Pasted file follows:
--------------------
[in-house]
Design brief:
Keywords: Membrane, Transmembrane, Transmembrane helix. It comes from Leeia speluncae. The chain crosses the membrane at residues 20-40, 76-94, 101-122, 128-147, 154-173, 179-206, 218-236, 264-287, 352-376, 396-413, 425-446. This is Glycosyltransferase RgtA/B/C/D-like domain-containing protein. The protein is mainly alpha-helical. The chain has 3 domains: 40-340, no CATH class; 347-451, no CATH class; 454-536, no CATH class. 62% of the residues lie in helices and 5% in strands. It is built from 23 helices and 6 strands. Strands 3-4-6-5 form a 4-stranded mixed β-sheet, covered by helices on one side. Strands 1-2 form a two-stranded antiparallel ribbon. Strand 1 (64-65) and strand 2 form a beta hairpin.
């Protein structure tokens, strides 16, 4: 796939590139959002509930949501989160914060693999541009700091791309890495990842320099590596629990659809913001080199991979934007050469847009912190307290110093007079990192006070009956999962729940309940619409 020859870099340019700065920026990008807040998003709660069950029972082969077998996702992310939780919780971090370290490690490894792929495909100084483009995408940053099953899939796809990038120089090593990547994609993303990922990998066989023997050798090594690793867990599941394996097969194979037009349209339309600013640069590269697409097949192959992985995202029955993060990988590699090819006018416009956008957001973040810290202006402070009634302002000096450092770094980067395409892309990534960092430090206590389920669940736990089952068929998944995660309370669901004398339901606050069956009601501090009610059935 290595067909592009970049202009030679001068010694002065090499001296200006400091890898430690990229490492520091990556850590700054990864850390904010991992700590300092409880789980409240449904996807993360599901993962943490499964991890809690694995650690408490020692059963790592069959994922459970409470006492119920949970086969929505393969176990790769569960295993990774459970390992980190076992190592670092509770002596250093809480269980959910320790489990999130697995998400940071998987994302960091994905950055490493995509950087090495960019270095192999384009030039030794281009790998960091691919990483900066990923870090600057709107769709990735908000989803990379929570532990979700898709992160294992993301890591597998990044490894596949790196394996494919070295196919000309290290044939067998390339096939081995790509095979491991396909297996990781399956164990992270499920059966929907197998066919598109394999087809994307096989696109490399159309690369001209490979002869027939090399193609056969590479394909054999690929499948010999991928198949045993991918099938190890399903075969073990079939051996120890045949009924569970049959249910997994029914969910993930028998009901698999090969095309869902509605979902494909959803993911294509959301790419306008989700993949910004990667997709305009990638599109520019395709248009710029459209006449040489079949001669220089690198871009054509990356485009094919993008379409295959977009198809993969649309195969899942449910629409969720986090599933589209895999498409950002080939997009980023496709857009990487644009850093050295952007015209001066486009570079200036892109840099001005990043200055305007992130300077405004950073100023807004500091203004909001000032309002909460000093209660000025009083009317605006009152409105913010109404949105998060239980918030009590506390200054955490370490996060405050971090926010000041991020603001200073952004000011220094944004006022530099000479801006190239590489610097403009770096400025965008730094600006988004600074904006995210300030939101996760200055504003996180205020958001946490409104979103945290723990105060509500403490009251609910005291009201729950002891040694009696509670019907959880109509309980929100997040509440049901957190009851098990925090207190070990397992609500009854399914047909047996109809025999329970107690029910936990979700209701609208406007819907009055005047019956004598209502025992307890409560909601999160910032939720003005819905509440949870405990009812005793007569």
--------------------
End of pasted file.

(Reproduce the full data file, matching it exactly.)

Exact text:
[in-house]
Design brief:
Keywords: Membrane, Transmembrane, Transmembrane helix. It comes from Leeia speluncae. The chain crosses the membrane at residues 20-40, 76-94, 101-122, 128-147, 154-173, 179-206, 218-236, 264-287, 352-376, 396-413, 425-446. This is Glycosyltransferase RgtA/B/C/D-like domain-containing protein. The protein is mainly alpha-helical. The chain has 3 domains: 40-340, no CATH class; 347-451, no CATH class; 454-536, no CATH class. 62% of the residues lie in helices and 5% in strands. It is built from 23 helices and 6 strands. Strands 3-4-6-5 form a 4-stranded mixed β-sheet, covered by helices on one side. Strands 1-2 form a two-stranded antiparallel ribbon. Strand 1 (64-65) and strand 2 form a beta hairpin.
């Protein structure tokens, strides 16, 4: 796939590139959002509930949501989160914060693999541009700091791309890495990842320099590596629990659809913001080199991979934007050469847009912190307290110093007079990192006070009956999962729940309940619409 020859870099340019700065920026990008807040998003709660069950029972082969077998996702992310939780919780971090370290490690490894792929495909100084483009995408940053099953899939796809990038120089090593990547994609993303990922990998066989023997050798090594690793867990599941394996097969194979037009349209339309600013640069590269697409097949192959992985995202029955993060990988590699090819006018416009956008957001973040810290202006402070009634302002000096450092770094980067395409892309990534960092430090206590389920669940736990089952068929998944995660309370669901004398339901606050069956009601501090009610059935 290595067909592009970049202009030679001068010694002065090499001296200006400091890898430690990229490492520091990556850590700054990864850390904010991992700590300092409880789980409240449904996807993360599901993962943490499964991890809690694995650690408490020692059963790592069959994922459970409470006492119920949970086969929505393969176990790769569960295993990774459970390992980190076992190592670092509770002596250093809480269980959910320790489990999130697995998400940071998987994302960091994905950055490493995509950087090495960019270095192999384009030039030794281009790998960091691919990483900066990923870090600057709107769709990735908000989803990379929570532990979700898709992160294992993301890591597998990044490894596949790196394996494919070295196919000309290290044939067998390339096939081995790509095979491991396909297996990781399956164990992270499920059966929907197998066919598109394999087809994307096989696109490399159309690369001209490979002869027939090399193609056969590479394909054999690929499948010999991928198949045993991918099938190890399903075969073990079939051996120890045949009924569970049959249910997994029914969910993930028998009901698999090969095309869902509605979902494909959803993911294509959301790419306008989700993949910004990667997709305009990638599109520019395709248009710029459209006449040489079949001669220089690198871009054509990356485009094919993008379409295959977009198809993969649309195969899942449910629409969720986090599933589209895999498409950002080939997009980023496709857009990487644009850093050295952007015209001066486009570079200036892109840099001005990043200055305007992130300077405004950073100023807004500091203004909001000032309002909460000093209660000025009083009317605006009152409105913010109404949105998060239980918030009590506390200054955490370490996060405050971090926010000041991020603001200073952004000011220094944004006022530099000479801006190239590489610097403009770096400025965008730094600006988004600074904006995210300030939101996760200055504003996180205020958001946490409104979103945290723990105060509500403490009251609910005291009201729950002891040694009696509670019907959880109509309980929100997040509440049901957190009851098990925090207190070990397992609500009854399914047909047996109809025999329970107690029910936990979700209701609208406007819907009055005047019956004598209502025992307890409560909601999160910032939720003005819905509440949870405990009812005793007569």